A joint policy will pay out on the death of the first person only and then end. Dual life protection can pay out twice. For example, if your partner died during the term, the mortgage would be cleared. Cover would then continue and if you also died before the term of the policy ended, a second payout would go to your estate.

Sometimes this is no more expensive than a joint policy.

What policy?

Reducing term cover is the most common and cheapest form of mortgage protection. With this, the amount the policy covers reduces in line with the outstanding balance of your mortgage.

Say for example, you took out a €400,000 mortgage 20 years ago with reducing term protection. If the remaining balance on your mortgage is now down around €200,000, your mortgage protection will pay out to that amount.

The cover reduces at the rate of interest you choose. You should choose a rate that allows for increases in your mortgage rate, to ensure there’s enough cover to clear the balance, advises Switcher.ie.

A “level term” policy is different. With this type, if you die before paying off your mortgage, the insurance company will pay out the original insured amount.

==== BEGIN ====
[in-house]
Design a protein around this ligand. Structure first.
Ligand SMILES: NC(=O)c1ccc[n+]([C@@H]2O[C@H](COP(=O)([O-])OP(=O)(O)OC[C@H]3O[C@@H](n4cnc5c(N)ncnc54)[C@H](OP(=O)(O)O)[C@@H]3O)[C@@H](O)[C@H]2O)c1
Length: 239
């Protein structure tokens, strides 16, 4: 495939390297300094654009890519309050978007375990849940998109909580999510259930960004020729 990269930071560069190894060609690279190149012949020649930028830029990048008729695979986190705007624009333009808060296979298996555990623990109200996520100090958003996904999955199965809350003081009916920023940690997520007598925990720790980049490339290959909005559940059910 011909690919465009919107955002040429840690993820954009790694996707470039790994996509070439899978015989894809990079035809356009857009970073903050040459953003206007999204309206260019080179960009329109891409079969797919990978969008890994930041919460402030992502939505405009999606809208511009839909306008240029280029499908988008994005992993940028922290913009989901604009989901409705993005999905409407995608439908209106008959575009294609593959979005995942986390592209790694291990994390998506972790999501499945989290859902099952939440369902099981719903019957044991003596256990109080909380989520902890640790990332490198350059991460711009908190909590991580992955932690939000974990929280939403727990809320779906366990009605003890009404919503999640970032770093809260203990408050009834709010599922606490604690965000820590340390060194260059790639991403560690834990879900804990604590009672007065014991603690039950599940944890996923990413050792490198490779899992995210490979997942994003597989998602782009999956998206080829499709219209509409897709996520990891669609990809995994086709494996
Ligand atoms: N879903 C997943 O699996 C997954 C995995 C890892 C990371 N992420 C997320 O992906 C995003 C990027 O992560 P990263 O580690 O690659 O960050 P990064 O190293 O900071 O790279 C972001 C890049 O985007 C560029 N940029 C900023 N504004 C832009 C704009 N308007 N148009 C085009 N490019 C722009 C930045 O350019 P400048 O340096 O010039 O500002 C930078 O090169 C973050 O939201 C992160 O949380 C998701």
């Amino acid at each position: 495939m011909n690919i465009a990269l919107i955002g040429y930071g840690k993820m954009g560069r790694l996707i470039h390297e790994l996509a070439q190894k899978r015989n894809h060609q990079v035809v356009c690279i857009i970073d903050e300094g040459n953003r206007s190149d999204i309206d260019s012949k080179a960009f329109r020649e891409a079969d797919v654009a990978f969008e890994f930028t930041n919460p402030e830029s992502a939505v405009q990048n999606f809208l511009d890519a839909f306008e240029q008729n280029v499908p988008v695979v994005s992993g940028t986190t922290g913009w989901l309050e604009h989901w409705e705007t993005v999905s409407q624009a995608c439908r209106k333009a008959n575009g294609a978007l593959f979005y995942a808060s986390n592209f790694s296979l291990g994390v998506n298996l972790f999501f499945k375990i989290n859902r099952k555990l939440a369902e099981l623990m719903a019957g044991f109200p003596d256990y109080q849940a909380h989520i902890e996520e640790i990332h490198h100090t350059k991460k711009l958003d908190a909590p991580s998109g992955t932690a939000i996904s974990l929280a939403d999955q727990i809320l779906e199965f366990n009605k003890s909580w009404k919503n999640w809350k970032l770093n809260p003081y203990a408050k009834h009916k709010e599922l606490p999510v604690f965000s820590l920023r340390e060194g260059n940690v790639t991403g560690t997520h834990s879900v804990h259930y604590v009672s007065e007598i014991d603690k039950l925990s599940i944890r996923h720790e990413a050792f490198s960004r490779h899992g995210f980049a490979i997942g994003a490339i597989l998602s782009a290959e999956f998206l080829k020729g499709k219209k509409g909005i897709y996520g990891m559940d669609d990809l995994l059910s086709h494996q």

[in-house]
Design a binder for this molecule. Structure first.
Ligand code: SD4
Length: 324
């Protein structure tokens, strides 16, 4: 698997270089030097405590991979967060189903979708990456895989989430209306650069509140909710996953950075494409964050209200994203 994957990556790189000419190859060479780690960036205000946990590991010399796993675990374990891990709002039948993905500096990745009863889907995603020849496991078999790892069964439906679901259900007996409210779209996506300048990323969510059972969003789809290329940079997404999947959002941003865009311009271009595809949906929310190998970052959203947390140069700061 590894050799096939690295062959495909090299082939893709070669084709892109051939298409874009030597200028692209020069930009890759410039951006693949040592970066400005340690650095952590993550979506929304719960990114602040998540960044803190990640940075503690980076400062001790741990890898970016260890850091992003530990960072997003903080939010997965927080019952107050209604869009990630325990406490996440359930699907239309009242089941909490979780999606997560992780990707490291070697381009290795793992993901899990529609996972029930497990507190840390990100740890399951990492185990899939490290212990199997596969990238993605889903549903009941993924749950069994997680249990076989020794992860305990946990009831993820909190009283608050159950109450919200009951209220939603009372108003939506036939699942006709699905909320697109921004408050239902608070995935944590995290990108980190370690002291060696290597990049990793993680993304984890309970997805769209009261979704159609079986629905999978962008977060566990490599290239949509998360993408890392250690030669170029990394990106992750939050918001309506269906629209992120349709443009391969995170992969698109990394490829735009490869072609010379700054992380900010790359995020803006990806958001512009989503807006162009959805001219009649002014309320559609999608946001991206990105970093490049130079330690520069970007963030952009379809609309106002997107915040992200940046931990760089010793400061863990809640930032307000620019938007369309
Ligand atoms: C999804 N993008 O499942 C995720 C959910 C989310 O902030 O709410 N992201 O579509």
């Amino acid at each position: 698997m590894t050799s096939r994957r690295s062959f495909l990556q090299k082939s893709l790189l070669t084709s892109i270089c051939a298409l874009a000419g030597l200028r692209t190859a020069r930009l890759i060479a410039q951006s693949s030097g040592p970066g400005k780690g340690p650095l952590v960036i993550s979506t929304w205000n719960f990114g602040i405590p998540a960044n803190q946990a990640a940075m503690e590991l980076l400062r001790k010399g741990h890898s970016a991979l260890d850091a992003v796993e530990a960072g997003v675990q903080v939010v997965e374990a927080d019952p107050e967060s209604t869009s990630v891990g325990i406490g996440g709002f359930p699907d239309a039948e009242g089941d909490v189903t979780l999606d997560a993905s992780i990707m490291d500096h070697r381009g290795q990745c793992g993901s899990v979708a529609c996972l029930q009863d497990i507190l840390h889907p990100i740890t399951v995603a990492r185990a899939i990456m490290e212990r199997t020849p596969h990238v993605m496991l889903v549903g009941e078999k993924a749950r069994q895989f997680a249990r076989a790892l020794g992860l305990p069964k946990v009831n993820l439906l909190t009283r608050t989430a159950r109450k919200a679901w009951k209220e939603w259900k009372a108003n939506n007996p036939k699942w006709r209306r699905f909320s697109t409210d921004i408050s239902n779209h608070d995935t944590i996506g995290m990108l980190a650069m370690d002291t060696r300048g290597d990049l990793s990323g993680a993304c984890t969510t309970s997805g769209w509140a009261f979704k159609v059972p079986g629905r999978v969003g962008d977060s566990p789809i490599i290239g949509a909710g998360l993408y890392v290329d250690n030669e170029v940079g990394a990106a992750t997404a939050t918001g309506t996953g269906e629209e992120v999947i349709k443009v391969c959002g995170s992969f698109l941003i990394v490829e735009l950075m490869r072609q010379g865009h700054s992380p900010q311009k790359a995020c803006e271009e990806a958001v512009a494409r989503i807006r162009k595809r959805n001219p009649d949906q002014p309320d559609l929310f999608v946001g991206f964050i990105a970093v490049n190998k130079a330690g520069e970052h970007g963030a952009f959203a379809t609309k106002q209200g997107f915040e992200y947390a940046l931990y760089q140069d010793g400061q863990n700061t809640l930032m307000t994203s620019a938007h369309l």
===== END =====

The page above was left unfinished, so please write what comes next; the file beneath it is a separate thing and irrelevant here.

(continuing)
For example, if you die with €200,000 left on that €400,000 mortgage, the insurance company will still pay out €400,000. This will pay off the bank and the remaining balance will go to your estate.

A level term policy will be more expensive.

Remember, mortgage protection insurance won’t cover your repayments if you can’t work because of redundancy, sickness, or disability. You’ll need income protection insurance for this.

What if I’m an older borrower?

When older borrowers apply for mortgage protection, the insurance company bases their decision on the health of the individual at the date of application, says Daniel Hardiman of Hardiman Life and Pensions. This means you can apply for life insurance or mortgage protection until age 89 and be accepted if you’re in good health at the date of applying, he says.

“The later the end date of your mortgage, the more expensive the mortgage protection will be. A 40-year-old couple with a €300,000 mortgage up to age 65 would cost approx €33 per month whereas a 40-year-old couple with a mortgage until age 75 would cost approx €47 per month.”